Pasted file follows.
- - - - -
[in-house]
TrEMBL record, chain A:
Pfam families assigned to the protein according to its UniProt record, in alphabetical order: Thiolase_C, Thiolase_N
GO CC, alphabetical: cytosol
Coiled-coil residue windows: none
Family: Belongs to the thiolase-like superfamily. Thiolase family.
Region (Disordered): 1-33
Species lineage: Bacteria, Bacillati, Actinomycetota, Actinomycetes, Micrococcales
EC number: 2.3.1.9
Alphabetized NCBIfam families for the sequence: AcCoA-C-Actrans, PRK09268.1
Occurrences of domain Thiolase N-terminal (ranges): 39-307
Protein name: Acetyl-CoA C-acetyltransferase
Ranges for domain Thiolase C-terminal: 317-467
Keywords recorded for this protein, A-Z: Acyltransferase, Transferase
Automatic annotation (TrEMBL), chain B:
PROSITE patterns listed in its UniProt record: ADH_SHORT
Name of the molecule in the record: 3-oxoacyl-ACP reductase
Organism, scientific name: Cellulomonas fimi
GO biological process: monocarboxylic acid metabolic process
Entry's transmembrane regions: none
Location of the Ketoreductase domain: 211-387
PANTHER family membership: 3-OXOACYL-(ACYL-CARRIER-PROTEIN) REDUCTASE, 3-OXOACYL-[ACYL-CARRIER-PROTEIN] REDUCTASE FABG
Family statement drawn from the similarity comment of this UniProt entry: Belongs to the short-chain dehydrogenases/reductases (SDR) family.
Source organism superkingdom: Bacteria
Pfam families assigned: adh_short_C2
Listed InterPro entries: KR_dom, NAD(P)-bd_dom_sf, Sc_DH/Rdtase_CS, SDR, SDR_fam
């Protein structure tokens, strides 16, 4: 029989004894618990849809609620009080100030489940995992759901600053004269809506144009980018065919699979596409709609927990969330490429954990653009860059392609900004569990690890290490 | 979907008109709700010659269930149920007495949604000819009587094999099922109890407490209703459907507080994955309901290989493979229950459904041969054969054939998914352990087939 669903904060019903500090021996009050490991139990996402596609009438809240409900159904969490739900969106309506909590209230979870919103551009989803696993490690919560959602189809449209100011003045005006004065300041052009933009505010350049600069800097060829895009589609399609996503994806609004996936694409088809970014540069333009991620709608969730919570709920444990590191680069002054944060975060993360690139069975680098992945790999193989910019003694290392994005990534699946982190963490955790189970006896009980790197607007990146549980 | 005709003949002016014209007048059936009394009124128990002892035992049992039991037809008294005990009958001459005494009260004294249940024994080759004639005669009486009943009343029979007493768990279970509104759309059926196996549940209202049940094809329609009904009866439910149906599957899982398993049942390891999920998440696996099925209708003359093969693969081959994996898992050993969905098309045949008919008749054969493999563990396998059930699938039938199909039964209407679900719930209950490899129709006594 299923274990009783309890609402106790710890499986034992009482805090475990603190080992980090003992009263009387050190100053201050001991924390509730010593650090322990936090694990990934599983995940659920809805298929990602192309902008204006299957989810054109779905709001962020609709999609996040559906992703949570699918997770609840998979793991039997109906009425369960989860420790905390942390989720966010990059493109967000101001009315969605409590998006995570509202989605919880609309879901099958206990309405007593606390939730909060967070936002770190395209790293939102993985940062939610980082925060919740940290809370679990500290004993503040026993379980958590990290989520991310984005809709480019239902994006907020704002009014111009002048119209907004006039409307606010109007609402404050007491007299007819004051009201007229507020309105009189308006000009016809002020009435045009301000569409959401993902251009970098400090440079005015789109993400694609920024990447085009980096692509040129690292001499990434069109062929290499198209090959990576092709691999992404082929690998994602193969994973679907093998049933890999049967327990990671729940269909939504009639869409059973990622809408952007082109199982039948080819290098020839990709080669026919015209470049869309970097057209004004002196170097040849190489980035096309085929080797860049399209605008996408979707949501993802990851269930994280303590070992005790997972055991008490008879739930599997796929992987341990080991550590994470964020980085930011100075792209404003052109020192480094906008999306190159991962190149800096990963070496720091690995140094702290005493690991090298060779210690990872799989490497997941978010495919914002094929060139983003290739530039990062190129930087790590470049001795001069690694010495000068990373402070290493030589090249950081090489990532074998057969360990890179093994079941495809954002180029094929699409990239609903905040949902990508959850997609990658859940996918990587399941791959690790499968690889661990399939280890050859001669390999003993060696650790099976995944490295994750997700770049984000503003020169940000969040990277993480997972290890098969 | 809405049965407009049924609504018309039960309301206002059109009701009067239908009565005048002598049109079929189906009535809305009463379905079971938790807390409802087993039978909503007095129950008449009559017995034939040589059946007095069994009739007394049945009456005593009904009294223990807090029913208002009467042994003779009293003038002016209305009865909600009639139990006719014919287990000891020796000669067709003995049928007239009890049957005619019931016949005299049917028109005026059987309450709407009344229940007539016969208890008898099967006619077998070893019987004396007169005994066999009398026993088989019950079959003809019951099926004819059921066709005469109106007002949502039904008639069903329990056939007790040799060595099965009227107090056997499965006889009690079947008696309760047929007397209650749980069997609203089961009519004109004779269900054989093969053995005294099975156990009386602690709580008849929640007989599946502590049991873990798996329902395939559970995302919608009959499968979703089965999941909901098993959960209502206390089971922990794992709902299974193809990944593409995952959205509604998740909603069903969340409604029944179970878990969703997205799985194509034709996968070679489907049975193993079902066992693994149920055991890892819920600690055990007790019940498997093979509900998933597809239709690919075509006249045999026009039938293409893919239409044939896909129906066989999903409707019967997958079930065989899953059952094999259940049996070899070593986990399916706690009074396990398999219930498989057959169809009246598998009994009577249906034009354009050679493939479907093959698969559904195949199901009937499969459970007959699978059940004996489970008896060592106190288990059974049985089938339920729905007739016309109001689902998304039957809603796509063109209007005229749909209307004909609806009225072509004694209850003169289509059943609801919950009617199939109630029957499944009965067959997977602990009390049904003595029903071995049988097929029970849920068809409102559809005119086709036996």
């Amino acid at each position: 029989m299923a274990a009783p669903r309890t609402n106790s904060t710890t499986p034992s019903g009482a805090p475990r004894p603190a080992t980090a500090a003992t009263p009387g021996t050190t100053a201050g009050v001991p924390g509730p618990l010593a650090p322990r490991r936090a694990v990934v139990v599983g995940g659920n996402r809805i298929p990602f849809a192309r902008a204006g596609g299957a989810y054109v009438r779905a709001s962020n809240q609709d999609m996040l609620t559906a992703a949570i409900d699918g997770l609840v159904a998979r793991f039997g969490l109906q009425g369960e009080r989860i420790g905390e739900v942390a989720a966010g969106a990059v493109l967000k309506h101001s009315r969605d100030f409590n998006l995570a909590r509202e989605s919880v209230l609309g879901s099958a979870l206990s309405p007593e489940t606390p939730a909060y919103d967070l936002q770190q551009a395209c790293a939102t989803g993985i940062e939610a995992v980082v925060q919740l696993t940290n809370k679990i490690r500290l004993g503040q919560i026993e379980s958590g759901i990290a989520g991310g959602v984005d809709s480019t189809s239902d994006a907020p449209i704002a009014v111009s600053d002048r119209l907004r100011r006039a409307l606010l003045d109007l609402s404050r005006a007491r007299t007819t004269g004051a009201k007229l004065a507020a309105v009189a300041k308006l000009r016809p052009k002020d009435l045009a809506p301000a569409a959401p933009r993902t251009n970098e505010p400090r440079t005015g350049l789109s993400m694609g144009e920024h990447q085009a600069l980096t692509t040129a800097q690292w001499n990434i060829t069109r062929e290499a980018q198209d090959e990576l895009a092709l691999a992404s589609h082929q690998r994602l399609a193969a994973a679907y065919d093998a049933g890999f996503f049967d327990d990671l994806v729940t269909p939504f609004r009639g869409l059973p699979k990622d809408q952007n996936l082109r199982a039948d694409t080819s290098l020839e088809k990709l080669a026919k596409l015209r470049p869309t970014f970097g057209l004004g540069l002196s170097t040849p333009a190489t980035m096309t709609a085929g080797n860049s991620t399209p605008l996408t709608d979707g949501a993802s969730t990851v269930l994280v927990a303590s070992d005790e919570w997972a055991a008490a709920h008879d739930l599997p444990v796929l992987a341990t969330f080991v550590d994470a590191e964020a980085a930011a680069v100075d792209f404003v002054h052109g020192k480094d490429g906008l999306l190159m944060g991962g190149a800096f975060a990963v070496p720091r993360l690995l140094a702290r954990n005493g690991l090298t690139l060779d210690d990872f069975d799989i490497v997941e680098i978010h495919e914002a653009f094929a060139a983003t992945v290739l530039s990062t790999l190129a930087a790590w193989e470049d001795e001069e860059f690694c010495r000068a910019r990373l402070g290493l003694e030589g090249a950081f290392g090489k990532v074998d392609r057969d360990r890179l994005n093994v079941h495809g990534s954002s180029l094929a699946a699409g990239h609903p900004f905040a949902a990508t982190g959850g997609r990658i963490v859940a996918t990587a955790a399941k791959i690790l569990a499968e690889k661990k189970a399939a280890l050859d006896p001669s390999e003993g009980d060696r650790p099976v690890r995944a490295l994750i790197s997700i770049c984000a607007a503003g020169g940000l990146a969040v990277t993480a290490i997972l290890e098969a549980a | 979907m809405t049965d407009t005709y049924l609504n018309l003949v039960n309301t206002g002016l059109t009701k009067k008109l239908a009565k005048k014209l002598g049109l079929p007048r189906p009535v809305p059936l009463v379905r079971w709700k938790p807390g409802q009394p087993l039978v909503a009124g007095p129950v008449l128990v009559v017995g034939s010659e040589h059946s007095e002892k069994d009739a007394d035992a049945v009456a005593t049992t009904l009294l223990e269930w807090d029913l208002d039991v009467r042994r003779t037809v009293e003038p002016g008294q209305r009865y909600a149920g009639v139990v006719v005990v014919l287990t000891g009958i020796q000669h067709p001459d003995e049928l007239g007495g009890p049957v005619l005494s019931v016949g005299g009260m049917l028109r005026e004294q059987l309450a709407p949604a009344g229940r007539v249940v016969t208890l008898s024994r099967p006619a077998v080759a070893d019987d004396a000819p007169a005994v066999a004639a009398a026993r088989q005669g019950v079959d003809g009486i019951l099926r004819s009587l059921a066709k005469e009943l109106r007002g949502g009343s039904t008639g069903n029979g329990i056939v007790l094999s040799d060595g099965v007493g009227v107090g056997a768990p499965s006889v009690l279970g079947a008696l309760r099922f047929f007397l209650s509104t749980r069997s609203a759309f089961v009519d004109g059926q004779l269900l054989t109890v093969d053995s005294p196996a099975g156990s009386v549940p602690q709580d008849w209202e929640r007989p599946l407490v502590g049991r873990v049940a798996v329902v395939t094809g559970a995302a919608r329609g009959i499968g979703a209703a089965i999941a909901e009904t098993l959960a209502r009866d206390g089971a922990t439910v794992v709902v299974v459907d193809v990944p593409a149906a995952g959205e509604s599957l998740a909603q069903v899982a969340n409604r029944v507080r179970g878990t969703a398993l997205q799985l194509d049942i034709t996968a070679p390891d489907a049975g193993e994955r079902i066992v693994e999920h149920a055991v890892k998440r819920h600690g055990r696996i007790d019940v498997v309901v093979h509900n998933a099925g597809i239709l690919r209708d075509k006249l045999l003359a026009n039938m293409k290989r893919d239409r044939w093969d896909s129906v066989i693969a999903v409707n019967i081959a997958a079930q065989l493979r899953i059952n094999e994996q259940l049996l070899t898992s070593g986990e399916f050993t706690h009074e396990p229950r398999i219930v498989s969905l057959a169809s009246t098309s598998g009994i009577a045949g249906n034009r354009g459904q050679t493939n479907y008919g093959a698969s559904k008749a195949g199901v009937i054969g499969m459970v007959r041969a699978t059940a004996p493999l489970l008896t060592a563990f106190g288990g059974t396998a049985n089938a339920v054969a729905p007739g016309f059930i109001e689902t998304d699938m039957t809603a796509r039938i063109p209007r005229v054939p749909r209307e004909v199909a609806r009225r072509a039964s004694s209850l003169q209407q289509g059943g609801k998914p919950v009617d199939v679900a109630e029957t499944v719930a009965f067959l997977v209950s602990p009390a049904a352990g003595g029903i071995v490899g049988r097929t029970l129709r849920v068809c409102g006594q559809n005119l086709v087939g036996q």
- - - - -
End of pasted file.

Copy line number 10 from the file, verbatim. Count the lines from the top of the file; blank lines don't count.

Alphabetized NCBIfam families for the sequence: AcCoA-C-Actrans, PRK09268.1